The city may have America beaten for the title of the ultimate melting-pot, dozens of cultures call Istanbul home. You can go out and hear nearly every language imaginable as you walk down the street. On top of that, the city is an amazing mash-up of cultures, ideologies and history colliding face first with modernity. Despite the desire to modernize, during a routine cab ride you might see ancient Roman aqueducts, modern hotels, discos and beautiful mosques. The diversity of scenery is a testament to the stratified layers of culture and history that would take a number of lifetimes to completely understand.
One thing, that plays a huge role in the history and going so far as to say, cultural pride – is archery. Archery has a very special place in Turkish culture – all forms, mounted, target and flight are venerated and respected. It is particularly noticeable in the museums, artwork and literature; Turkey is truly a country for archers. It is epitomized in the Okcular Vakfi – The Archer’s Foundation; a massive range and training complex deep in the heart of Istanbul. Founded in what was once a military barracks, archery has been practiced in this location since the Ottoman period. While it looks rather modern today, a walk around the perimeter will reveal the columns of note; famous distance records set by both common soldiers, and even the Sultans themselves. The exterior of the lodge is deceiving, once there you begin to feel the weight of it, particularly as an archer you realize how special this place really is.
Over 300 archers from over 30 countries participated this year in the event; it consisted not only of traditional but modern archery as well. The primary focus however, is the traditional competition and flight archery. Flight being a purely “how far can you go” event – with some staggering distances. Classes included both a modern construction class (carbon and fiberglass allowed) and a true “natural” class (horn, wood, sinew, etc) – and equipment was thoroughly checked. We’ll discuss the nuts and bolts of the competitions next week.
That concludes Part I of our look at The 2019 Conquest Cup – next up will be covering the events, shooting and some amazing archers that were present for this world class event.
The Flying Hun – Archery and Leather is, as you may have noticed – EXPANDING! Along with our base of operations at Sherwood Forest Faire – we have TRF starting this year (booth number 4 – right at the front) and another potentially HUGE piece of news later this year. That said – we are expanding in other ways too.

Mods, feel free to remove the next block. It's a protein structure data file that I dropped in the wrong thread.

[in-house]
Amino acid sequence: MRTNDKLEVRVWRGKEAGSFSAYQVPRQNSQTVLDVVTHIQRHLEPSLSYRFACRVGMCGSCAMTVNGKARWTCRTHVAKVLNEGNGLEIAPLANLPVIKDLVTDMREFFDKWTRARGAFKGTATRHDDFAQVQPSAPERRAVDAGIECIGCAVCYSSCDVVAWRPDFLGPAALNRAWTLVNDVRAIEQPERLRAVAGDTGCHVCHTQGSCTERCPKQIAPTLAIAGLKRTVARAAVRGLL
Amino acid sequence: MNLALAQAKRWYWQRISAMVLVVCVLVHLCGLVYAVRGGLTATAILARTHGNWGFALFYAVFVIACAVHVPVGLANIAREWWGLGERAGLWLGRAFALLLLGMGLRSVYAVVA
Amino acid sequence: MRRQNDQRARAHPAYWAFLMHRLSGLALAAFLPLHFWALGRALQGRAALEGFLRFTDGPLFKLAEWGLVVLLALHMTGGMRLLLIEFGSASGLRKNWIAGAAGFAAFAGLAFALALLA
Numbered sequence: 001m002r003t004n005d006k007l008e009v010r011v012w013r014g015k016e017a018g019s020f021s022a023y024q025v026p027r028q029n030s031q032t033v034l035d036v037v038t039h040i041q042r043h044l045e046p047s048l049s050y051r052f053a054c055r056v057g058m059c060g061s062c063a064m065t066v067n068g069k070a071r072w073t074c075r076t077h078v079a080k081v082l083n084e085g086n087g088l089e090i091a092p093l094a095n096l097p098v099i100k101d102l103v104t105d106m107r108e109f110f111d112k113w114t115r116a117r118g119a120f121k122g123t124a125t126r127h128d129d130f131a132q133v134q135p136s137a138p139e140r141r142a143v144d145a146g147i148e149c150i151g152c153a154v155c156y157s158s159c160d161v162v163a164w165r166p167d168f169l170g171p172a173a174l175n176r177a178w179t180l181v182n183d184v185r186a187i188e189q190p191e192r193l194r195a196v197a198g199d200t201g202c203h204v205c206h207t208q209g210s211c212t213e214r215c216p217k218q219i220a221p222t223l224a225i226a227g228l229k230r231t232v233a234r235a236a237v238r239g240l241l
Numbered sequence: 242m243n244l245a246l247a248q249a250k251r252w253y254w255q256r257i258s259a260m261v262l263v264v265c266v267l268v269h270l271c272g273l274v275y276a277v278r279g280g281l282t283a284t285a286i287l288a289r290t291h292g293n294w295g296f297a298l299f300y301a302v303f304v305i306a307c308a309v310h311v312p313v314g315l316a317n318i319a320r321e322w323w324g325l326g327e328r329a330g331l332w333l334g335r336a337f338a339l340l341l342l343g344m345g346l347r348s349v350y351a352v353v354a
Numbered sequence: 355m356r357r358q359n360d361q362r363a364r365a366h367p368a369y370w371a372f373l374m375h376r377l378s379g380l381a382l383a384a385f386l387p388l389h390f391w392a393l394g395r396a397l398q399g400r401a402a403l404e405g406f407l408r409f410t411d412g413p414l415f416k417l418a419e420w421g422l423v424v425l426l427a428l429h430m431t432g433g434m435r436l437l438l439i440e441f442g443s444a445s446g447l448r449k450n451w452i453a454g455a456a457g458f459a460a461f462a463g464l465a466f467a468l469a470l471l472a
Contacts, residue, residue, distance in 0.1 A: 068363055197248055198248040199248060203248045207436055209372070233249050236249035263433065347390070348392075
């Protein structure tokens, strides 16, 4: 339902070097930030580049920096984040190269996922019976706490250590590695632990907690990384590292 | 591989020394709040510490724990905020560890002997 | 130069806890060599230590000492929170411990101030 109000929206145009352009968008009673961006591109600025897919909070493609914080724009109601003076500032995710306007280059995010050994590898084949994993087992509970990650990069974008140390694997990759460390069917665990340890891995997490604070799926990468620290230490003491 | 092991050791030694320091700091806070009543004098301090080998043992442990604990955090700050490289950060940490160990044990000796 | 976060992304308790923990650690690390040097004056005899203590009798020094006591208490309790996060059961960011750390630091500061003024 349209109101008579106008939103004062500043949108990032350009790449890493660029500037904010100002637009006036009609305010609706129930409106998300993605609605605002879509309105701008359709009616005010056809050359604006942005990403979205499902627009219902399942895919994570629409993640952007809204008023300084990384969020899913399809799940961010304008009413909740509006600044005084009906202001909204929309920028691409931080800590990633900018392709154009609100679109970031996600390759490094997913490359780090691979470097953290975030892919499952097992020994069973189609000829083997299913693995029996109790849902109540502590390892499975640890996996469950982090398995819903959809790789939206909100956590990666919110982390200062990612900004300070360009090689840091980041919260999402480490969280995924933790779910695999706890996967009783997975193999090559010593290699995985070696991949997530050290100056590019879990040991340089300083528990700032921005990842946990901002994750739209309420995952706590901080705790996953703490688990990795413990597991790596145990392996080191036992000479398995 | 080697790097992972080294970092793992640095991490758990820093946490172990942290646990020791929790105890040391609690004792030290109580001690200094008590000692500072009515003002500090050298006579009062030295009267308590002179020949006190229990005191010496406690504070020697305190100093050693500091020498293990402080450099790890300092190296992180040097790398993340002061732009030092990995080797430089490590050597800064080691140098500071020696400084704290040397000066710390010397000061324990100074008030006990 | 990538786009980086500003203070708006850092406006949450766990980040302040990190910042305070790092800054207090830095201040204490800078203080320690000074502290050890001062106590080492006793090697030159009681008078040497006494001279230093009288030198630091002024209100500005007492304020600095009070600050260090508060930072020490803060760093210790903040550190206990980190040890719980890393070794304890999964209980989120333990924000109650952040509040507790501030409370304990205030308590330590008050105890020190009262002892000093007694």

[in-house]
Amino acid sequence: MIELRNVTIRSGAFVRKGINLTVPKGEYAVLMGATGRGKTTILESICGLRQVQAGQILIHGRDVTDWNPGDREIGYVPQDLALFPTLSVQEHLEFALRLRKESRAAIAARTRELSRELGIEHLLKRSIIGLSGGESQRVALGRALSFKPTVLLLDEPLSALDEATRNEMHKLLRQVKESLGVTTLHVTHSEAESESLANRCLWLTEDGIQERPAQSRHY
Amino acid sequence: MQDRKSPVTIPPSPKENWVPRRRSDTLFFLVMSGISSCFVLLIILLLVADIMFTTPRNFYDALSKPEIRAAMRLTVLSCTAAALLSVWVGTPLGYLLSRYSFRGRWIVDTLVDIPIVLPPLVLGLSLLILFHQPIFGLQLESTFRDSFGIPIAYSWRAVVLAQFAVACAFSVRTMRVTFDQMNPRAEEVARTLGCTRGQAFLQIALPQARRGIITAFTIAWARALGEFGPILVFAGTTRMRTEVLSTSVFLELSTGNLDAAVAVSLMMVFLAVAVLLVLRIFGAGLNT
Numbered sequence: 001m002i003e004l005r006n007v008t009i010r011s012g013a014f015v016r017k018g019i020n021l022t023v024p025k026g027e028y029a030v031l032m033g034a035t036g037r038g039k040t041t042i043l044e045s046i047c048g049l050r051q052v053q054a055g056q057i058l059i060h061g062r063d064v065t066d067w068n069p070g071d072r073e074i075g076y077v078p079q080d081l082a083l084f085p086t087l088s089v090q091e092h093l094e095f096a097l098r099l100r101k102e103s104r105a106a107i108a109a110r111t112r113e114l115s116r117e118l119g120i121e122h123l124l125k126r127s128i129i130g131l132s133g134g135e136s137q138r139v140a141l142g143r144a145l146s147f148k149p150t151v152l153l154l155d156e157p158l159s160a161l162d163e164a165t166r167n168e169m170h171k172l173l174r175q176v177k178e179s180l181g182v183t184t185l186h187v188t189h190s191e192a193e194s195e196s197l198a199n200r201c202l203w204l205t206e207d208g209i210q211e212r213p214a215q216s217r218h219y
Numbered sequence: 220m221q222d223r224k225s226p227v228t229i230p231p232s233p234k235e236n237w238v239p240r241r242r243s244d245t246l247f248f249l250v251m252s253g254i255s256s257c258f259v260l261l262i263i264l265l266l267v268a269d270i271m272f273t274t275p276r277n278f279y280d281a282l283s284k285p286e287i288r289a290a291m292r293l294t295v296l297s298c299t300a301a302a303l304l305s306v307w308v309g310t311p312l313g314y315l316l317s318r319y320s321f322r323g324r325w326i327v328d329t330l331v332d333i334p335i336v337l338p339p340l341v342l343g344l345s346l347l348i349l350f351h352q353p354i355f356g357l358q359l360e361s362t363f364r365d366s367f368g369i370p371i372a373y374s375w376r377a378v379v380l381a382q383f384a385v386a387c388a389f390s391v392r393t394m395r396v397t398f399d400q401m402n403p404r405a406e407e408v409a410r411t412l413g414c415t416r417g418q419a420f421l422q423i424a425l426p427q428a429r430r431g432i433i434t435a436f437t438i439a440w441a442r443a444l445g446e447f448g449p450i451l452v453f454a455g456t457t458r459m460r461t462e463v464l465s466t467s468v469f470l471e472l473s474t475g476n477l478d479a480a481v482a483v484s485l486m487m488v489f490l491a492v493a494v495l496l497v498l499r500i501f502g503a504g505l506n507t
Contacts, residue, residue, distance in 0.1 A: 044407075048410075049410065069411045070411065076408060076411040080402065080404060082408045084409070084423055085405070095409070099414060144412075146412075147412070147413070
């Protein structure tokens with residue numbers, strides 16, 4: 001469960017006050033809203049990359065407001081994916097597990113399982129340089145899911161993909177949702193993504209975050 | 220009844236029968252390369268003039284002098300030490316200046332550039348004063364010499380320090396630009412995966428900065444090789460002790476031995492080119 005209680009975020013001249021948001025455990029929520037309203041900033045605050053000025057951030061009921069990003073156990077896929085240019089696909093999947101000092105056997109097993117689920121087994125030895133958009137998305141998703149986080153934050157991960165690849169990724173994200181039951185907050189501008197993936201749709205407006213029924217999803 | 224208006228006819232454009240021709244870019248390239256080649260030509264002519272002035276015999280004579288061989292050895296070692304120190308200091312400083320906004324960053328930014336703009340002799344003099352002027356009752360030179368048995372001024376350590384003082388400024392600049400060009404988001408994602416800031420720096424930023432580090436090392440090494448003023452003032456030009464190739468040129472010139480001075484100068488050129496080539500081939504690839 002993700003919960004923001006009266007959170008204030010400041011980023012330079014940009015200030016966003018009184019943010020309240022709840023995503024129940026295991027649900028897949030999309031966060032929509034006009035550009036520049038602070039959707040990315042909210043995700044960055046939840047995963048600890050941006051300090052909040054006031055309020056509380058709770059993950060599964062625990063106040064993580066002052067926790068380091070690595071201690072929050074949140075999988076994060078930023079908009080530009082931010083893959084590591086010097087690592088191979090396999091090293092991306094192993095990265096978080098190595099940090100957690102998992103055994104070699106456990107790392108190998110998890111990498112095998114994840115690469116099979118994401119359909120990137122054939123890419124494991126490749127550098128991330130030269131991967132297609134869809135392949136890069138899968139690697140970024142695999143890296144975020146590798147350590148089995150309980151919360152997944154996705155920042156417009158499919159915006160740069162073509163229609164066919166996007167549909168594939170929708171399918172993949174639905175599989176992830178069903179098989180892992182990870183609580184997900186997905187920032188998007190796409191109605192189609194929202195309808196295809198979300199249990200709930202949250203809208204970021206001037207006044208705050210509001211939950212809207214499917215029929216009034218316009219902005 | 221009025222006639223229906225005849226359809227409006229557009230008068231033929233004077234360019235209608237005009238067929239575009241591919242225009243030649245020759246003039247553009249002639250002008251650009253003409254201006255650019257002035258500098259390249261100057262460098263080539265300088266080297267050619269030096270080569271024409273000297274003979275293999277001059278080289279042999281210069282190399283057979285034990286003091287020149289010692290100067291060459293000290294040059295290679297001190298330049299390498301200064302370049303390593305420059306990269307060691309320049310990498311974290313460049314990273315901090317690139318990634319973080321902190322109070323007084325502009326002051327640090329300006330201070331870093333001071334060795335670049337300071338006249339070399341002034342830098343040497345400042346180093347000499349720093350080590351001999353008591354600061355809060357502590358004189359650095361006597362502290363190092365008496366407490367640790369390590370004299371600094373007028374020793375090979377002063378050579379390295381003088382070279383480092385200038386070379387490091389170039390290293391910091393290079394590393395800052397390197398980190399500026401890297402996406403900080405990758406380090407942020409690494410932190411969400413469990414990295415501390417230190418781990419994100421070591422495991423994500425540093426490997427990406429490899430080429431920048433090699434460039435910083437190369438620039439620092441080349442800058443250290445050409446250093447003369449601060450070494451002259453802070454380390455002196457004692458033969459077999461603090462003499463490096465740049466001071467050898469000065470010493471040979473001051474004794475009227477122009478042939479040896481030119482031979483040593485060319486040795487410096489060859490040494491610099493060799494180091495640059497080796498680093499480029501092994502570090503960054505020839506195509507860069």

Consider this a call to all my fellow crafters.
Are you interested in archery, making things and want a venue to showcase your work? We are opening up to the idea of allowing other crafters and makers the chance to showcase and sell their work through our shops and website. That said, you partner with us, you will receive a better rate of return than our standard commission rate and don’t need to bother trying to purchase/manage/want-to-burn-down your own shop.
We are looking to partner with leather makers, bow builders, arrow makers, blacksmiths and horse tack/saddle makers.
We uphold a very high level of workmanship, a particular style and a love of history. If these are things you think you have – send us a PM, we’d love to discuss your work and what we can do for one another.
TXIAF has updated their information regarding the ground and mounted courses, as well as released their final rosters! This event is going to be amazing – for more information, please visit:
We will be vending at the event and doing a few impromptu demonstrations. It should be an great time for all things archery!
From the TXIAF Crew:
Hello to everyone!
We are proud to announce a venue change for our festival – as always we are looking for the best vendors, partners and most passionate folks to make this event a smashing success. That said, we partnered with our good friends at Sherwood Forest Faire to bring you the best damn event possible!
For all of our competitors, vendors and volunteers – it’s only about two minutes down the road from our previous venue. We will be sending out an email shortly with all the details!
So mark your calendars – check your tickets and join us on April 26-28th at the Sherwood Forest Faire grounds for the first annual Texas International Archery Festival!